Selling Universal Healthcare to the Moral Majority

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Faith & Theology / Political Philosophy / Society & Culture

As Americans overwhelmingly turn against the proposed overhaul of the Health Care system, Obama is counting on support from religious leaders, to whom he hopes to sell the message that Universal Healthcare is a moral imperative, since 47 million people in our communities are suffering without insurance. I am reminded of the organization “Matthew 25” who ran ads promoting Obama’s campaign on the grounds that he wanted to clothe the naked and feed the hungry, and saying that Christians should support such a candidate. But I have to vehemently object to that notion.

Clearing up the mess…

Before we even get into the ethical questions we should clarify the situation and remove the vague and misleading terminology that has been abused in the debate. For example, when politicians invoke the plight of 47 million individuals who “cannot get care because they lack health insurance” they are making a sly and intentional misstatement. It should be understood that “Health Care” and “Health Insurance” are two completely different things. The former is the act of treatment, while the latter is a means to that end – at least the means taken by most individuals. But not all. You see, there are also many people who receive the treatment but do not use insurance, thus they do not need it.

On one hand you have people in the lower income brackets who receive treatment at no cost to the individual or to insurance companies. We aren’t barbarians, and very few of us would turn away a suffering person, so when someone walks in to a county hospital, such as Ben Taub in Houston, they can simply say they don’t have the money to pay, and they will be treated, albeit not in the most luxurious of ways. But on the other hand there are plenty of upper class citizens who prefer to pay out-of-pocket for occasional treatment instead of through an insurance company. They see no reason to pay constant fees for the financial protection in case of an unfortunate but unlikely event, and instead they take care of themselves as nature demands. Most people can’t imagine the financial devastation they would undergo, on top of emotional stress, should a family member experience a traumatic event that puts them in a hospital for weeks. But for a family making several hundred thousand dollars a year that’s just a setback – especially when you’ve navigated through several years without paying insurance fees.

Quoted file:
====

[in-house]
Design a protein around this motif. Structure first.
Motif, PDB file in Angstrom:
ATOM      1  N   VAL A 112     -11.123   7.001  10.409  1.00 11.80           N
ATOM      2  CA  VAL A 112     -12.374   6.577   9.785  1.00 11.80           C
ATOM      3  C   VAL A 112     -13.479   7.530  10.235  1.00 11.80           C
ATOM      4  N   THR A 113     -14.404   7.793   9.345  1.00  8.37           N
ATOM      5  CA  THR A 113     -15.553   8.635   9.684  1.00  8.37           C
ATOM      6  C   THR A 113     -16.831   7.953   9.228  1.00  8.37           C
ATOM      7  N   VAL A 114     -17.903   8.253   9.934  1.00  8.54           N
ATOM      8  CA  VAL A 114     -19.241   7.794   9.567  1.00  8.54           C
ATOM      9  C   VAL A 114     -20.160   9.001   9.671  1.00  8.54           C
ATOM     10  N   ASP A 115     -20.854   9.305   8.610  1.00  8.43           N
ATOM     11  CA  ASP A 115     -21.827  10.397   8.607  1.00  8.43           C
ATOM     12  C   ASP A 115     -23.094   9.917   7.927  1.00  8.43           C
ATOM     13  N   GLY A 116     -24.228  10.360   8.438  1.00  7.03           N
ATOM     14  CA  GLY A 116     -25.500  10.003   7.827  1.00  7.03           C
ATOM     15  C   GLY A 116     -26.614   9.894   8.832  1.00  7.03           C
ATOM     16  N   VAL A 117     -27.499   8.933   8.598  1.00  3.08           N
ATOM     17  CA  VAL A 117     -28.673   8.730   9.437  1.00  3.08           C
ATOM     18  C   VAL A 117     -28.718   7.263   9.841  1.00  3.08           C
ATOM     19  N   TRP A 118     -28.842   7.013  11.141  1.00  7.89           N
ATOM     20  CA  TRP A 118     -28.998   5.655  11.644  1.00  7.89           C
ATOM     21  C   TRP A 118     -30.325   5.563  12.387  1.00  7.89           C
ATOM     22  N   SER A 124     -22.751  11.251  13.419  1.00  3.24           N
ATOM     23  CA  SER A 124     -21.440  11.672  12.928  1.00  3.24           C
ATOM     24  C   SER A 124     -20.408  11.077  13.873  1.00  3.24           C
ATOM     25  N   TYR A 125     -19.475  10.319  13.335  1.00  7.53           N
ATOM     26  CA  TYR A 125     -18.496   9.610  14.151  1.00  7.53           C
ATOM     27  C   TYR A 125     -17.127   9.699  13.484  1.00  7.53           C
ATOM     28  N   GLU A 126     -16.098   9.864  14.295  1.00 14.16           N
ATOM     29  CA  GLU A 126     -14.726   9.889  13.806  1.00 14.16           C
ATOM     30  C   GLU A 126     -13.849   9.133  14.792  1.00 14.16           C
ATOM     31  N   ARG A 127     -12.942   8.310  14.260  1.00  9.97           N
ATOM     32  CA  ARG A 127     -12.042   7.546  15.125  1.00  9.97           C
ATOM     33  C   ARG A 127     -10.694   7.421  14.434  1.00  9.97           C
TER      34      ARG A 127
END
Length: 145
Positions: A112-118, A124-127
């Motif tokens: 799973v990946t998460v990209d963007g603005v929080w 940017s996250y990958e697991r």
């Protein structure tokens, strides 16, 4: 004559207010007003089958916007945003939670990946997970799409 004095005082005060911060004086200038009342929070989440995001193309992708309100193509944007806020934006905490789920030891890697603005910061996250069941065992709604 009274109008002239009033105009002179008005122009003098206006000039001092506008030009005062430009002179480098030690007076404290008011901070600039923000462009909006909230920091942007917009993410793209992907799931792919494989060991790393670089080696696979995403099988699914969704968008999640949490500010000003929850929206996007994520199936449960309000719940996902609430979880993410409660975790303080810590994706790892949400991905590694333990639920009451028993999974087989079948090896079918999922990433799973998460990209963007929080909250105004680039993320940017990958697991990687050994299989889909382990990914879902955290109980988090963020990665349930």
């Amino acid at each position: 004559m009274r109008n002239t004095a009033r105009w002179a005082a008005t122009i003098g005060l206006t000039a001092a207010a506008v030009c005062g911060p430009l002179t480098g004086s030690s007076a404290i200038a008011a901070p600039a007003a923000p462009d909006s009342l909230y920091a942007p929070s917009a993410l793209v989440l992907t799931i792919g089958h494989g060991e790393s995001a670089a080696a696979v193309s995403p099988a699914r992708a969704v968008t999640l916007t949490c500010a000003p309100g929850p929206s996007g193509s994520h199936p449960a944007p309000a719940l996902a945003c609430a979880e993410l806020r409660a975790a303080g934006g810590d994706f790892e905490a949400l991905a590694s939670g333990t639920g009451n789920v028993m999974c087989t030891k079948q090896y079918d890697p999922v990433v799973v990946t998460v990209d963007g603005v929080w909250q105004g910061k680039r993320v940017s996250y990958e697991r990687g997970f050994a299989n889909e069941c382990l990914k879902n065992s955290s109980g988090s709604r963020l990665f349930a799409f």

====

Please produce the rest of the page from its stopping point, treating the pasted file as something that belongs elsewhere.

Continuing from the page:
This observation means that the 47 million uninsured might have a slightly different make-up than what we would be led to believe. Looking at the numbers, we find that half of the uninsured are between 19 and 34 years of age. People in their twenties don’t want a large chunk of their income going to insurance premiums, considering the unlikelihood of any serious conditions. 11 million of the uninsured are illegal aliens. Some pay into the system and others do not, but that is beside the point. When we start handing out free health care, in addition to K-12 education, to illegal aliens there will be no stopping the constant influx, which causes wages to drop, taxes to increase and threatens our security. Nearly half of the uninsured population have incomes of over twice the poverty level. That means that out of the 47 million people suffering from lack of insurance, half of them earn $21,660 per year or more for a single-person household, or $74,020 for a family of 8. I know these figures aren’t exactly easy to live on, but no one said life was easy, and if your health is more important than cigarettes or movie rentals, I’m sure you can find a way to pay for basic insurance on a moderate to low income. But if there’s an easy option to have the government pay for it, why not?

To summarize the reality of the situation, we have millions of people who, because of good health or good wealth, have chosen not to participate in the medical insurance industry, and millions more who cannot participate because they entered the country under the radar and failed to follow the necessary steps toward citizenship. So out of the supposed 47 million suffering individuals we actually have a fraction of that – about 16 million by some estimates – who actually need insurance but can’t afford it. But under the current system they still receive treatment at no charge. So the problem really isn’t that we have millions who need help and can’t get it, the real problem is hidden behind the smoke – and that is the fact that the cost of treating those who cannot pay is crippling the system and driving premiums up for those who do pay.

Back to the moral argument of Universal Healthcare